T. Kochu Thommen, J.
1. The petitioner is a steamer agent, reprering its foreign principals, Messrs. V/O Sovfracht 2. 'Captain Hornblover' is a vessel operated by the petitioner's principals. She carried a bulk cargo of oil and discharged at Cochin 4144.478 metric tonnes. The Collector of Customs, the 1st respondent, by Ext. PI order dated 11-7-1969 found that there was a shortage of 101.321 metric tonnes of high speed diesel oil which ought to have been delivered at Cochin and that the petitioner representing its principals Was liable to pay a penalty of Rs. 62,353.29 under Section 116 of the Customs Act, 1962. This order was confirmed in appeal by the 2nd respondent by Ext. P2 order dated 15-4-1975, and, ject to a reduction of the penalty to Rs. 20,000/-, by the 3rd respondent by Ext. P4 order dated 18-11-1976. These orders are challenged by the petitioner.
2. Counsel for the petitioner, Shri Pathrose Mathai, submits that the impugned orders are invalid in so far as the authorities have failed to take into account certain relevant facts. Counsel points out that the total cargo mentioned in the bill of lading is an approximate quantity. The bill of Jading states : 'Say 10,329,911 kilos of High Speed Diesel Oil'. This quantity, counsel states, is not exact, and a reasonable margin should have been allowed to take into account the quantity liable to be lost for reasons such as evaporation, loss during discharge, etc.
3. The penalty is imposed under Section 116 of the Customs Act, which fe&ds; as follows:
'116. Penalty for not accounting for goods.-If any goods loaded in a conveyance for importation into India, or any goods transhipped under the provisions of this Act or coastal goods carried in a conveyance, are not unloaded at their place of destination in India, or if the quantity unloaded is short of the quantity to be unloaded at that destination, and if the failure to unload Or the deficiency is not accounted for to the satisfaction of the Assistant Collector of Customs, the person in charge of the conveyance shall be liable,-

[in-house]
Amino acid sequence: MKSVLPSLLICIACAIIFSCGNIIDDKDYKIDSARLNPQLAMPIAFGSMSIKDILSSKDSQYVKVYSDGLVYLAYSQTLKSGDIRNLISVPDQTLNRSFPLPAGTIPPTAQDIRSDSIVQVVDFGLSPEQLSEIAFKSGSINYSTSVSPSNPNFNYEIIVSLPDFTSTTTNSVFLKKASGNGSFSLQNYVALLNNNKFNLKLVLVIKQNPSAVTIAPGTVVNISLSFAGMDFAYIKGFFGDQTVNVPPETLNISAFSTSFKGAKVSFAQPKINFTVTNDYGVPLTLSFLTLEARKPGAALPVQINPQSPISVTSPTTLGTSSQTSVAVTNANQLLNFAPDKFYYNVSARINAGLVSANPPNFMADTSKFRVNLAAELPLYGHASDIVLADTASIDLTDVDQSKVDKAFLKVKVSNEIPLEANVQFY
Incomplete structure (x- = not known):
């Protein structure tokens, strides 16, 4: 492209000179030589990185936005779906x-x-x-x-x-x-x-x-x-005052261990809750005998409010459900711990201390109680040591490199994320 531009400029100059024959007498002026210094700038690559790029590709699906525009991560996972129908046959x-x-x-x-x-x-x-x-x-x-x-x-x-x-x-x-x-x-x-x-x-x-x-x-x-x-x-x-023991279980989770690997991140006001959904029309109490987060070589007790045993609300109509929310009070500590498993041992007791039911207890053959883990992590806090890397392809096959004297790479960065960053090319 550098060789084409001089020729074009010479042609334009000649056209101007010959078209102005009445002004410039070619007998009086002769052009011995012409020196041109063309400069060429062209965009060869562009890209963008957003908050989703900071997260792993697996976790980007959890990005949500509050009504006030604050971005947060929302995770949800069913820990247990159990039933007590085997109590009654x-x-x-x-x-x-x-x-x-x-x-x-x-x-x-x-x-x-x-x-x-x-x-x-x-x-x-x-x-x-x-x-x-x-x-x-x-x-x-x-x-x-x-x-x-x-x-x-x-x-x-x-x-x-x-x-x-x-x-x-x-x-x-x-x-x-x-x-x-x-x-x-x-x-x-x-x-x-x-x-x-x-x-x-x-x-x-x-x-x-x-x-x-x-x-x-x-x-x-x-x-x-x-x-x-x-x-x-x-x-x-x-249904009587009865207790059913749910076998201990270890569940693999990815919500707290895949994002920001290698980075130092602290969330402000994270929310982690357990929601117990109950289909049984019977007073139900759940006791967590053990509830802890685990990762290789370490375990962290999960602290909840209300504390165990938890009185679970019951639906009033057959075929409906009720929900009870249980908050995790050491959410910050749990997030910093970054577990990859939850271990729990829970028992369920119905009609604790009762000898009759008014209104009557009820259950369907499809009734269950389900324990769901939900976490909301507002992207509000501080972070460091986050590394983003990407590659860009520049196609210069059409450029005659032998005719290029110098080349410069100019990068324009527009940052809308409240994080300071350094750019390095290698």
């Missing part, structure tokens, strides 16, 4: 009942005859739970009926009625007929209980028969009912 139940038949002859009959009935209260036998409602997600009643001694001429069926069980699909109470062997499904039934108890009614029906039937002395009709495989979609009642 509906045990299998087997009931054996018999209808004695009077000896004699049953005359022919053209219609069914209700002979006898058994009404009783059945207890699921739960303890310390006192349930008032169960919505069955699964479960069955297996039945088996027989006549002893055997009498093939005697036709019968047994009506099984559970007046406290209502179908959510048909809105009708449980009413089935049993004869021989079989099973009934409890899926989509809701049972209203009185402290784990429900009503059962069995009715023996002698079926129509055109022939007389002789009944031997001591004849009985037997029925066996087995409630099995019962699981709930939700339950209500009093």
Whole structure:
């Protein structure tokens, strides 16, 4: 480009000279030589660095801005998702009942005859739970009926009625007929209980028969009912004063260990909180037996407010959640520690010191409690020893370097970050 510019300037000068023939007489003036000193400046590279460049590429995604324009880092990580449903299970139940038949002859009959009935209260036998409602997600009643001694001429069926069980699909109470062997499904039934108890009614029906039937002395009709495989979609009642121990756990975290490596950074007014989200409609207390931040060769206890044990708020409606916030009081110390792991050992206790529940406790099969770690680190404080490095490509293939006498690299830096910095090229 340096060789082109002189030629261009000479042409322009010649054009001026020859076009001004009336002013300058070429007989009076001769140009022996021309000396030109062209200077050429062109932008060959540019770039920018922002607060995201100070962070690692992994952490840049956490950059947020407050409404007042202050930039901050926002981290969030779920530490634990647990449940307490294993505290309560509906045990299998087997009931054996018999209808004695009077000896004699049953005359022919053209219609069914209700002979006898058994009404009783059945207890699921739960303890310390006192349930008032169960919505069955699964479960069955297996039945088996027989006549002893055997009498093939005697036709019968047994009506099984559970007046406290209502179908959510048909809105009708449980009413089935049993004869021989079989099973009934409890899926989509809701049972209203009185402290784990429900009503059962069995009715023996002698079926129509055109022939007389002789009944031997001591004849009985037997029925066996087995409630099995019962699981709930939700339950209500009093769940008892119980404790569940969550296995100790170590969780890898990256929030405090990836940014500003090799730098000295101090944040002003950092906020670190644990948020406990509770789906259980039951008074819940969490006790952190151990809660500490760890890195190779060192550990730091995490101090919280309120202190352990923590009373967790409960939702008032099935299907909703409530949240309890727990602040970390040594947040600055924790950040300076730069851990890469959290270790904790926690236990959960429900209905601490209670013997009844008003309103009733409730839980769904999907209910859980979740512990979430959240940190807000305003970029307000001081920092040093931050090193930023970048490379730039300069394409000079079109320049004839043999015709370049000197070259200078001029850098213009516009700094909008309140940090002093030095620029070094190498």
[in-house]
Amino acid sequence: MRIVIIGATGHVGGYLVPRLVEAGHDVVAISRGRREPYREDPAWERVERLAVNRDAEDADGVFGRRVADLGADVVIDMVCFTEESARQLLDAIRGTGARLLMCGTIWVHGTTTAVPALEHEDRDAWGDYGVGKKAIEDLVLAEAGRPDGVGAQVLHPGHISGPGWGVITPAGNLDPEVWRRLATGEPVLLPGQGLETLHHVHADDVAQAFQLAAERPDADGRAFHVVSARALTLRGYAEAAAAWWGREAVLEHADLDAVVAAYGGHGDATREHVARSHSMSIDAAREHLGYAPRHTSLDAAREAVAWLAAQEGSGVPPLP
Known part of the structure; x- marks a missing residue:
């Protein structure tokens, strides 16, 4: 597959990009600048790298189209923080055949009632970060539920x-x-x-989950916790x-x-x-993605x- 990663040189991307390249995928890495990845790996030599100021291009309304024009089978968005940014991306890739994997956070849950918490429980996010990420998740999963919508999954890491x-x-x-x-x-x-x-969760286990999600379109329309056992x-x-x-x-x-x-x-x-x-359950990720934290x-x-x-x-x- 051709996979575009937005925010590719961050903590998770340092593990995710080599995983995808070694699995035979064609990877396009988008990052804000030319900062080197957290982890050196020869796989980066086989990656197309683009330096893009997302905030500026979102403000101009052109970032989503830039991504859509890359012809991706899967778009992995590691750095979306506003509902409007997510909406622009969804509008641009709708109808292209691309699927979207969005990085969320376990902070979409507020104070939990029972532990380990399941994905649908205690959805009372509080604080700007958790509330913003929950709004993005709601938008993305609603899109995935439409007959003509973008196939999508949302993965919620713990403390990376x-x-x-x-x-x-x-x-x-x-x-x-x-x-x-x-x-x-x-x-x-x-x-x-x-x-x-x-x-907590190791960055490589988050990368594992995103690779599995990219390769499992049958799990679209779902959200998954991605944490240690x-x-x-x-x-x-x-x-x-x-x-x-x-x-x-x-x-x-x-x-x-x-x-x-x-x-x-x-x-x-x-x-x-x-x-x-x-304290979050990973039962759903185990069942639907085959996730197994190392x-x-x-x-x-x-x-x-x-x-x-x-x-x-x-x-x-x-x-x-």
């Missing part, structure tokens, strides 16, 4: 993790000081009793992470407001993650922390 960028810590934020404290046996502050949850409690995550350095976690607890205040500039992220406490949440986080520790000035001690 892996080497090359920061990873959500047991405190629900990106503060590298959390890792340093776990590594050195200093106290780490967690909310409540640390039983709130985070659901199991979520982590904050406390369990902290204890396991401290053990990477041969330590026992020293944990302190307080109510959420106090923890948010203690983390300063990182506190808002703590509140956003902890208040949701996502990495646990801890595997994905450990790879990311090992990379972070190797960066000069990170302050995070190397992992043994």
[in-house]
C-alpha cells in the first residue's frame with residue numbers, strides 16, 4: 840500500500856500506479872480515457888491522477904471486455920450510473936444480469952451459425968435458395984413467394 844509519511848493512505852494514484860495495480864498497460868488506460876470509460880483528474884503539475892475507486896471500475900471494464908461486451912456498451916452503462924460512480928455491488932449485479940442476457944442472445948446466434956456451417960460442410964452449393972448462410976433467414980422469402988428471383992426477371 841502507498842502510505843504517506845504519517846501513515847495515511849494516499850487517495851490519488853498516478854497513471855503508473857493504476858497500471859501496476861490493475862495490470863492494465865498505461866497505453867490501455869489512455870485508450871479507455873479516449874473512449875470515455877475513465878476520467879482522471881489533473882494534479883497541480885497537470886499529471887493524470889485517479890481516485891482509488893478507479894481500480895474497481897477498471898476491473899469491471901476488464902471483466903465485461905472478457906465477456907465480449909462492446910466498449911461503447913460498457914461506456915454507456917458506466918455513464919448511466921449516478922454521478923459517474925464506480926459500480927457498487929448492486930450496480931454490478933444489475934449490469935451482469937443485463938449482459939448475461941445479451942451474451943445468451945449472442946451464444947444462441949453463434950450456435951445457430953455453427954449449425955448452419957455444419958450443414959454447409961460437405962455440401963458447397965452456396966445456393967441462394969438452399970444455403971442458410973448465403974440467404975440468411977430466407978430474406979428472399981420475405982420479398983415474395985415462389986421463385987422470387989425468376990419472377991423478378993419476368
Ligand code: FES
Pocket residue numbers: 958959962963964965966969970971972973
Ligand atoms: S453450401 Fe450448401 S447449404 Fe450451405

(a) in the case of goods loaded in a conveyance for importation to India or goods transhipped under the provisions of this Act, to a penalty not exceeding twice the amount of duty that would have been chargeable on the goods not unloaded or the deficient goods, as the case may be, had such goods been imported ;
(b) in the case of coastal goods, to a penalty not exceeding twice the amount of export duty that would have been chargeable on the goods not unloaded or the deficient goods, as the case may be, had such goods been exported'. The Section imposes a strict liability upon the person incharge of the conveyance. He has to account for the shortage to the satisfaction of the Customs authorities.
4. Shri Pathrose Mathai refers to the decision of the Supreme Court in Hindustan Steel Limited v. State of Orissa-A.I.R. 1970 S.C. 253 and submits that in the absence of any evidence to show that the carrier acted 'deliberately in defiance of law, or was guilty of conduct contumacious or dishonest, or acted in conscious disregard of its obligation,' the Customs authorities are not justified in imposing a penalty under Section 116.